Given Coca-Coal’s size and reach — it employs 55,000 people and had sales in 2005 of $23 billion — Kent was asked during his presentation how one manages a brand that is known around the world but that, in some countries, has proven to be controversial. “Managing the world’s best-known and most valuable trademark has to be challenging, but it is also a fantastic opportunity,” he responded. “We have 400 brands around the world. We build brands and where we see opportunities, we buy brands. We recently bought the second largest juice business in Russia, called Multon,” which has the popular Dobry brand, among others. “We think we can do a lot more with those brands,” Kent said. The company also has established partnerships worldwide. “We have Israeli partners in Israel, Arab partners in Saudi Arabia, and so forth, where we sometimes own equity in their business and sometimes it’s a purely franchise relationship. … It’s important to see companies and entrepreneurs as partners for a win-win approach.”



At the same time, he agreed that “there are countries where Coke may be controversial, whether in Pakistan or Somalia or the Middle East.” During the recent uproar over cartoon caricatures of the prophet Muhammad in a Danish newspaper, “some people attacked our trucks. But no one actually knew that Coke is the second largest investor and second larger employer in the territory of Palestine. We provide 3,000 jobs there….Coke is everywhere. Hundreds and thousands of our trucks leave the warehouses at 8 a.m. every day to touch seven million customers around the globe. … We have to tell our story in a better way as we move throughout the world.”



An audience member asked Kent what the Turkish government and business community can do to take the economy to the next level. Kent, who from 1999 to 2005 was president and CEO of the Istanbul-based Efes Beverage Group, the largest local shareholder of Turkish bottler Coca-Cola Icecek, noted that “our national alcoholic beverage is called raki, a drink with aniseed that stays clear in the bottle until you add water, and then it becomes cloudy. Recently a Wall Street Journal reporter described Turkey as raki — it’s clear in the bottle but when you try to expand it, it gets cloudy. Turkey has its ups and downs, but every up is a little bit higher than the last down.”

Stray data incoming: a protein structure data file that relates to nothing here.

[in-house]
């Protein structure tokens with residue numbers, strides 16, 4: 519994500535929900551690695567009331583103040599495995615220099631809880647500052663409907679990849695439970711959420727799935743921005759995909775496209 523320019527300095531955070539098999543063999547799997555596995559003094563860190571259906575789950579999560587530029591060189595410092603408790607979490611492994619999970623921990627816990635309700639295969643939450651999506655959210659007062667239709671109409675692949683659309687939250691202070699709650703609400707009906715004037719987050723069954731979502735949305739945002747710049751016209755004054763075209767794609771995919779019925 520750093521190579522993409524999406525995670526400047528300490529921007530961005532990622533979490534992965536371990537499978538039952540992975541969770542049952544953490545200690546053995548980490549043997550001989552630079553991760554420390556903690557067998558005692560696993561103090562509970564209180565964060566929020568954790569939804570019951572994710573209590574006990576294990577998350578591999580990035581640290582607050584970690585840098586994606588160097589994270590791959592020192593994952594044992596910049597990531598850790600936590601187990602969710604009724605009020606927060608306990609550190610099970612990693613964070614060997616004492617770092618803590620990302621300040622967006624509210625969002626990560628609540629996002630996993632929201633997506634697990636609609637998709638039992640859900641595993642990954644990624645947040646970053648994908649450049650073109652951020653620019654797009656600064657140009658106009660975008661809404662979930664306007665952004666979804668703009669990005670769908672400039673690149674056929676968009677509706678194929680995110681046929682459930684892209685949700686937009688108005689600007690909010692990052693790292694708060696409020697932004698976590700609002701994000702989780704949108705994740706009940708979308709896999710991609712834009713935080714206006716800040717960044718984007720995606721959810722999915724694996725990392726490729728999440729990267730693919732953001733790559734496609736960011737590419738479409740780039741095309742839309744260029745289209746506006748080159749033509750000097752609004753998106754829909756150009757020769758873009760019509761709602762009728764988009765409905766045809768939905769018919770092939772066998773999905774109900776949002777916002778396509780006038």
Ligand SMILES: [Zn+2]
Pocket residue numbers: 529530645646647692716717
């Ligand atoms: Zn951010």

Can it do better? “Absolutely,” Kent says. “The challenge is to create an aura of sustainability, trust and transparency that will make more and more people feel more comfortable investing in Turkey. The level of investment here is not sufficient to take Turkey to the next level. The savings of Turkish businessmen and people is not enough. Turkey needs a bigger infusion of global capital, as there has been in China, Ireland, Spain and Singapore. There is competition for that capital because there is not enough for every country. Turkey has to be a forerunner in the competition for scarce capital. It needs to create more trust, more transparency, more sustainability and less of a cloudy raki look.”



Kent was also asked what strategies the company has for capitalizing on opportunities in the food and beverage area, especially when it comes to competing with archrival PepsiCo. He noted that while “in the U.S., Pepsi was a little bit ahead of us in the non-carbonated beverages area, if you look around the world in places like China, India and Latin America, we are far, far ahead of the game in the juices, sports drinks, water and tea categories and in all other non-carbonated beverage categories.” He added that he “believes very strongly that there is still a lot of growth left in carbonated beverages, especially in China, India and Turkey. The growth we are generating in those markets is substantial. For sustainability, you need to give consumers what they want ahead of the curve.”


He also sees huge opportunities in the non-alcoholic, ready-to-drink beverages. “In the Western world, 70% of non-alcoholic beverages are ready to drink, and 30% are non ready to drink. In the rest of the world, 30% are ready to drink and 70% are not ready to drink. The delta between that is 60 billion cases. Our total case sales are 20 billion. There will be a huge conversion as those countries grow, not only economically, but as people migrate from rural areas into towns and cities. We feel we are the future.”